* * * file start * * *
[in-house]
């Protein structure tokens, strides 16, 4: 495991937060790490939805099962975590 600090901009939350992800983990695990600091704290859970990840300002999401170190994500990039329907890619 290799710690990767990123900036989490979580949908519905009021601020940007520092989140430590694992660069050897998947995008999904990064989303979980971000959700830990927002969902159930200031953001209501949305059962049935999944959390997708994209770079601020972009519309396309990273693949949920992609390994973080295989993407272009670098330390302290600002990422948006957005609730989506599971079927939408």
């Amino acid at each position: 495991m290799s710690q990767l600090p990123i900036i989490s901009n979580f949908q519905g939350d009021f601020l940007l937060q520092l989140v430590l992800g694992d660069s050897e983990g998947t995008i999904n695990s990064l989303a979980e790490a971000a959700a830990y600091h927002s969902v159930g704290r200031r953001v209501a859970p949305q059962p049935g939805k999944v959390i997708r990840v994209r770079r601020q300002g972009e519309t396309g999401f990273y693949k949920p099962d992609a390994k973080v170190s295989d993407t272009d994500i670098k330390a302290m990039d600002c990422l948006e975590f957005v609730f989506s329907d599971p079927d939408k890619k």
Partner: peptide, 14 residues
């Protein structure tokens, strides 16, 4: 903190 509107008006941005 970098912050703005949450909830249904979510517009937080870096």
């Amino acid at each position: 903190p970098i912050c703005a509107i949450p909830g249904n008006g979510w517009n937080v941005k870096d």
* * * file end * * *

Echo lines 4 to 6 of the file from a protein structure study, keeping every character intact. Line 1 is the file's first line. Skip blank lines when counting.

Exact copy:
Partner: peptide, 14 residues
């Protein structure tokens, strides 16, 4: 903190 509107008006941005 970098912050703005949450909830249904979510517009937080870096």
């Amino acid at each position: 903190p970098i912050c703005a509107i949450p909830g249904n008006g979510w517009n937080v941005k870096d």